Kuwait votes in opposition-led parliament, one woman elected

Published: Updated:
Read Mode
100% Font Size
3 min read

Opposition lawmakers won a majority in Kuwait’s parliament with only one woman elected, results showed on Wednesday, after the Gulf state’s seventh general election in just over a decade.

For the latest headlines, follow our Google News channel online or via the app.

The opposition figures include independent politicians not tied to the ruling family who are pushing for a raft of reforms.

The vote on Tuesday came after Kuwait’s constitutional court in March annulled the results of last year’s election -- in which the opposition made significant gains -- and reinstated the previous parliament elected in 2020.

Opposition lawmakers won 29 of the legislature’s 50 seats, according to results published by the official Kuwait News Agency. Only one woman was elected -- opposition candidate Janan Bushehri.

The make-up of the new parliament is very similar to the one elected last year and later annulled, with all but 12 of its 50 members retaining their seats.

This has sparked concerns that the legislature may once again find itself locked in disputes with the cabinet, further deepening a political crisis that has delayed reforms and hampered growth.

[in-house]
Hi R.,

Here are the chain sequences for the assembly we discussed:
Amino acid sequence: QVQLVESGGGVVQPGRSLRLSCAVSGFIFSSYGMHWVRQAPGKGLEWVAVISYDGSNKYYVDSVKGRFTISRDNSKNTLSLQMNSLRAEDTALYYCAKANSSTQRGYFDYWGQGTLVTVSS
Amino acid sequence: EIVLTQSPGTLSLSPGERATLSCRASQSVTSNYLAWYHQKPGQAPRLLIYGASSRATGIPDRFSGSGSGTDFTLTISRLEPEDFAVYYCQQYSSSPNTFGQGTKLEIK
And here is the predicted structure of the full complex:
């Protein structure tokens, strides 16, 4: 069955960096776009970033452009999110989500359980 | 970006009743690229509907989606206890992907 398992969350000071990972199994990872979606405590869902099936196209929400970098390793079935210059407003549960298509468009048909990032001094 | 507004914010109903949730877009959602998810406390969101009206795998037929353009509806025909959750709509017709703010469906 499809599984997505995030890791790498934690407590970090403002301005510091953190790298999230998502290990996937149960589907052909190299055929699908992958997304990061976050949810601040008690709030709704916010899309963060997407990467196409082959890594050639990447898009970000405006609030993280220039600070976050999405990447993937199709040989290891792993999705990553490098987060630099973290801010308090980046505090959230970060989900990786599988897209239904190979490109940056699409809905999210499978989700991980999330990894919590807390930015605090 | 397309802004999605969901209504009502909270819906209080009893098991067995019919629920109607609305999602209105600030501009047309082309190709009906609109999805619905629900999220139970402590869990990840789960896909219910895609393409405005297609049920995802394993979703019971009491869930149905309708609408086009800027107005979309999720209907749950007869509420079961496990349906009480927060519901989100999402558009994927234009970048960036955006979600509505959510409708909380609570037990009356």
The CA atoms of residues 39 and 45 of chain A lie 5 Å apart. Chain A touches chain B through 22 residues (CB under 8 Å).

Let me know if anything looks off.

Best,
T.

Longtime speaker Marzouq al-Ghanim and Ahmed al-Saadoun, who replaced him last year, both return to parliament. Saadoun is expected to run again for the post of speaker.

“We are celebrating today the (victory of the) reformist approach,” opposition lawmaker Adel Al-Damkhi told reporters after the results were announced.

“The election results are an indication of the awareness of the Kuwaiti people.”

Turnout reached 50 percent one hour before polls closed, according to the Kuwait Transparency Society, an NGO. Last year’s election saw turnout of 63 percent.

Since Kuwait adopted a parliamentary system in 1962, the legislature has been dissolved around a dozen times.

Continual standoffs between the branches of government have prevented lawmakers from passing economic reforms, while repeated budget deficits and low foreign investment have added to an air of gloom.

Speaking to AFP on Tuesday, Bushehri, the new parliament’s only female member, said she expected it “to seek stability and move ahead on outstanding issues, whether political or economic.”

Kuwait’s Emir Sheikh Nawaf Al Sabah congratulated the incoming deputies and called on them to “carry the responsibility of representing the people and... realize their aspiration for a better future,” according to KUNA.

Read more:

Parliament elections begin in Kuwait amid hopes of ending stalemate

Kuwait turns to Ethiopian domestic workers amid rift with Philippines over entry ban

Kuwait’s Al-Zour mega-refinery’s final phase pushed to end of summer: Sheikh Nawaf

Top Content Trending